Monday, July 17, 2023
Because I live and work in central Ohio, I certainly pay attention to Ohio political developments more than others. But, assuming two new initiatives qualify for state ballot in 2023 (which we should know soon), I suspect lots of folks around the country will be paying more attention Buckeye State politics. Specifically, two high-profile topics --- full legalization of marijuana and abortion rights --- could come before Ohio voters this November. That possibility prompts the question in the title of this post and also the question in this new local article headlined: "How will two hot-button ballot initiatives impact Ohio’s November turnout?"
The local piece mostly discusses turn-out issues generally; I am also especially wondering how having an abortion initiative at the same time as a marijuana initiative may impact not only voter turn-out, but also the advertising budgets and advocacy efforts by backers and opponents of both initiatives. Here is a segment of the press piece covering just some of the issues a unique off-year Ohio election might raise:
Heading into this year’s election season, Ohio voters could wind up voting on two hot button issues at the same time. Election officials are currently combing through petitions for an abortion rights amendment and a recreational marijuana statute that could both go before voters in November.
Received wisdom holds that those hot button ballot issues are good way to juice turnout. Political science literature confirms that to a certain extent, that’s true. But what happens when two show up at once?...
Ohio State University political scientist Vladimir Kogan [has research showing] turnout in an average Ohio school district during a presidential election was about 62% of the 2010 voting age population. In a midterm, turnout dropped by 15 points and in odd year election it fell another 8 points. Even with abortion and marijuana initiatives boosting awareness, he explained, that’s a lot of ground to make up.
And Kogan argued the nature of the electorate in odd-year elections could present a challenge for an initiative’s backers, too. “The important thing is not the overall turnout but who’s voting,” Kogan said, “and again we know that not only this turnout overall quite different off-cycle but particularly the age profile. Really, it’s a much, much older electorate that votes in these lower turnout elections.”
“Probably not the target demographic for people that are trying to legalize marijuana,” he added.... In terms of how the two issues might interact with one another, [University of North Florida political scientist Mike] Binder and Kogan dismiss the idea that they might amplify or cancel one another out. Binder allowed that there are likely voters who would favor one issue and oppose the other, but probably not many. Instead, he described the two issues’ appeal like a Venn diagram — not a complete overlap, but a pretty significant one.
Notably, Ohio votes are already going to the polls — I voted last week — to weigh in on a special election concerning whether to raise the support threshold for constitutional amendments to require future amendments to surpass 60% for adoption. That initiative, which was put on the ballot by Ohio's General Assembly, would impact the Ohio abortion initiative (which is a proposed constitutional amendment), but note the marijuana initiative (which proposes only statutory changes).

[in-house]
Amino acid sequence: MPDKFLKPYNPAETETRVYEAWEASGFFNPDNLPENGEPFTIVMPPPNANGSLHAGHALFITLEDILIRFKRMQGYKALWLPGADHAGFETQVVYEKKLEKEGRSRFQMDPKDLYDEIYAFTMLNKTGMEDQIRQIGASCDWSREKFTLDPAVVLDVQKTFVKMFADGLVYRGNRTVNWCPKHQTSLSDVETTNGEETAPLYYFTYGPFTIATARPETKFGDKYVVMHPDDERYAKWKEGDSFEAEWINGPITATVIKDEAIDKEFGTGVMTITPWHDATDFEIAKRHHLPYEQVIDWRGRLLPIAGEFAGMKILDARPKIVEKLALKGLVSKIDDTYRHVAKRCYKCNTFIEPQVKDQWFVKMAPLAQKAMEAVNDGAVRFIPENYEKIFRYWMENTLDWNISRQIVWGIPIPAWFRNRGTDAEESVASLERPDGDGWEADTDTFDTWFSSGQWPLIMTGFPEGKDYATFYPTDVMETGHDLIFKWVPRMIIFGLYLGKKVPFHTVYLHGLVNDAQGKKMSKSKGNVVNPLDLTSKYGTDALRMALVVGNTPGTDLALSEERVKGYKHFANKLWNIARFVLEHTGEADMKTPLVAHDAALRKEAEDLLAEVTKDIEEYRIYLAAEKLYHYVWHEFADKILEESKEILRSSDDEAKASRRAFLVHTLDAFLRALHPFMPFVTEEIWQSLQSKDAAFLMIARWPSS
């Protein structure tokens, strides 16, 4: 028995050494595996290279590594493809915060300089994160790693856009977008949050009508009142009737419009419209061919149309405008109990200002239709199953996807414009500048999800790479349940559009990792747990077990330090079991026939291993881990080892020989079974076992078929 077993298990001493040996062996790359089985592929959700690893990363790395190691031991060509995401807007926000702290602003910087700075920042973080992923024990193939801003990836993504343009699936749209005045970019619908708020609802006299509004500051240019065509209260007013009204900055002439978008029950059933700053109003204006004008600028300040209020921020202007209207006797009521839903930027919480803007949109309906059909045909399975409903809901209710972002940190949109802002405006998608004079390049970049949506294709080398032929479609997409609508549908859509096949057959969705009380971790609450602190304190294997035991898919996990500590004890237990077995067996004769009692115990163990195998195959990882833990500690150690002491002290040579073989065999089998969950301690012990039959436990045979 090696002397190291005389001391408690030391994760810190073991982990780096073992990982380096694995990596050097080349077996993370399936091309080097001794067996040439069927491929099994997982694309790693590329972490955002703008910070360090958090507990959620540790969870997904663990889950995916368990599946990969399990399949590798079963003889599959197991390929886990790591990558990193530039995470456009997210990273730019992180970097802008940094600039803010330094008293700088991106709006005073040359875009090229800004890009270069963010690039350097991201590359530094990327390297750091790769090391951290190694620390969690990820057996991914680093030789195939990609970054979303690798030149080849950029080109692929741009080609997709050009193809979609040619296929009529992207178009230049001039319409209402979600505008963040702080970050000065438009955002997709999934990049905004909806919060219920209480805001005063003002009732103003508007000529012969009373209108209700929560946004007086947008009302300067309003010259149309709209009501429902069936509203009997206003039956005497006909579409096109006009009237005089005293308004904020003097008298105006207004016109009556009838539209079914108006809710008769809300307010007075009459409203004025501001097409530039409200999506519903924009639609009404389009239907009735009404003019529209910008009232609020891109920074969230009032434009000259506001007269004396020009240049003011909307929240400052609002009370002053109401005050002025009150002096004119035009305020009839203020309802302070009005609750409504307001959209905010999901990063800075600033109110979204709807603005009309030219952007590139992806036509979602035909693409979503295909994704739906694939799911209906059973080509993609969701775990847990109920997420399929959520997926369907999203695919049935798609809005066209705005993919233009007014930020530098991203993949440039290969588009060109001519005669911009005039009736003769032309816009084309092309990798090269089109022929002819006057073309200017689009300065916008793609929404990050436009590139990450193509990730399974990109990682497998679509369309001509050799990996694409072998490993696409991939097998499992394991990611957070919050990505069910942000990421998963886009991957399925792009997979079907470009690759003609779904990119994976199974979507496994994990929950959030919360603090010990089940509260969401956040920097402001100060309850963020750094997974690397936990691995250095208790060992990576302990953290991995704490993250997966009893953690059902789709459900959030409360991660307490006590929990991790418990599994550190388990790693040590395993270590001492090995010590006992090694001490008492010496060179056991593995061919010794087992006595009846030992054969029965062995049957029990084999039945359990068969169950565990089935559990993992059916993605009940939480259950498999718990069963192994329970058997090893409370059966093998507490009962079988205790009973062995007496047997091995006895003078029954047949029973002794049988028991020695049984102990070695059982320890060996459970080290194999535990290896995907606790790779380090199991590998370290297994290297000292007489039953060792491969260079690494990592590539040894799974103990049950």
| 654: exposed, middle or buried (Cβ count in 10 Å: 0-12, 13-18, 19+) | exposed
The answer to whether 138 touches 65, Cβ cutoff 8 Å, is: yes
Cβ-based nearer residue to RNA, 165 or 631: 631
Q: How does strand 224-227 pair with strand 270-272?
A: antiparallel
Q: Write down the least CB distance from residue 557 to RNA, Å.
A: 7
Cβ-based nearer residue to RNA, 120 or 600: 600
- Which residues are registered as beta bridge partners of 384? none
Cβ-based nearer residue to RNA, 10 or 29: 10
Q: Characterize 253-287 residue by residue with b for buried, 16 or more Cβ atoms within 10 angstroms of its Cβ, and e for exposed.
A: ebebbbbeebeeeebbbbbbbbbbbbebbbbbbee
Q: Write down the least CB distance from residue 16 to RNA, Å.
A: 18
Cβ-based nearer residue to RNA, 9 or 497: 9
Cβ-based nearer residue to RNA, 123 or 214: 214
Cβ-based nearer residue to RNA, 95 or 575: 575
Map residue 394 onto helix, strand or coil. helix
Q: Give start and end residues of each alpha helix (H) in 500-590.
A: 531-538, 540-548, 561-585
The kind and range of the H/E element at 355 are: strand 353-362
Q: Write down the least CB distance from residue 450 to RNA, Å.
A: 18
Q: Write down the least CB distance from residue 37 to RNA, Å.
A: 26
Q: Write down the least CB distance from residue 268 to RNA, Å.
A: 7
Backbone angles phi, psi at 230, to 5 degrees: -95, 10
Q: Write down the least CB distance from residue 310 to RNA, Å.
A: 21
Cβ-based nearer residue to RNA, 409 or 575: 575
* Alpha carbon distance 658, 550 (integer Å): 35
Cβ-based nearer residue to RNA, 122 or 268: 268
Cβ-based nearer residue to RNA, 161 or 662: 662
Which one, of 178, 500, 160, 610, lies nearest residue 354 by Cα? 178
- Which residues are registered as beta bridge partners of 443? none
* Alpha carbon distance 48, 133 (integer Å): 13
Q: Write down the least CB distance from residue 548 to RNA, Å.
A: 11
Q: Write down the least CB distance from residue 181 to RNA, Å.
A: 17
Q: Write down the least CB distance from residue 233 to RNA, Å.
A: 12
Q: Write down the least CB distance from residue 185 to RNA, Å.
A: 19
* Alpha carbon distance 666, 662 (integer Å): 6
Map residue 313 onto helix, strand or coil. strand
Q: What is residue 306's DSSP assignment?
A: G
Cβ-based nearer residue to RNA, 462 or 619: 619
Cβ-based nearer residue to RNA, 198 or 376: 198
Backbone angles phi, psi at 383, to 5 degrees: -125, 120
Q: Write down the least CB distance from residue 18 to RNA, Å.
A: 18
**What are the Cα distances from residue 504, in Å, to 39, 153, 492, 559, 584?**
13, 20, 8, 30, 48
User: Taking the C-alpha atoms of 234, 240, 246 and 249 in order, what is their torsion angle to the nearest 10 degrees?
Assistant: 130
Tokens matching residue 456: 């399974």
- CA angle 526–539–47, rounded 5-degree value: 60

My sense is that the marijuana reform initiative may ultimately benefit in various ways from the abortion initiative garnering much attention. For starters, I suspect overall turnout will be higher, especially among younger and more left-leaning voters. Also, I suspect many elected Ohio leaders will likely be more focused on speaking out against the abortion initiative rather than the marijuana initiative (same for likely campaign contributors). There may also be the broader benefit of more public polling on this topics before the vote and also a richer understanding of political trends and coalitions around these issues after the vote. Interesting times.
July 17, 2023 in Campaigns, elections and public officials concerning reforms, Initiative reforms in states, Political perspective on reforms, Recreational Marijuana Commentary and Debate, Who decides | Permalink | Comments (0)
Saturday, July 8, 2023
I am excited to continue to be able to post the latest papers from the on-going series of student papers supported by the Drug Enforcement and Policy Center. In so doing, it is such a pleasure to get to review and highlight great work by OSU law students and recent graduates on so many important and cutting-edge topics. The title of this post is the title of this paper authored by Mac Patrick who is a student at The Ohio State University Moritz College of Law. Here is its abstract:
Cannabis legalization continues to be placed on the ballot. One way in which the legislation is passed is through voter initiatives and public referendums, whereby voters can use their voices to directly enact popular legislation. Yet, those voices have been silenced by the use of political manipulation to keep cannabis off the ballot or to invalidate laws once passed. This type of political manipulation has been utilized since cannabis legislation was first introduced and the consequences are long-standing. This paper explores the history of direct democracy, which states have experienced this democratic crisis, how a reduction in popular democracy may further damage the state and federal governments’ relationships with its constituents, and what solutions may be possible.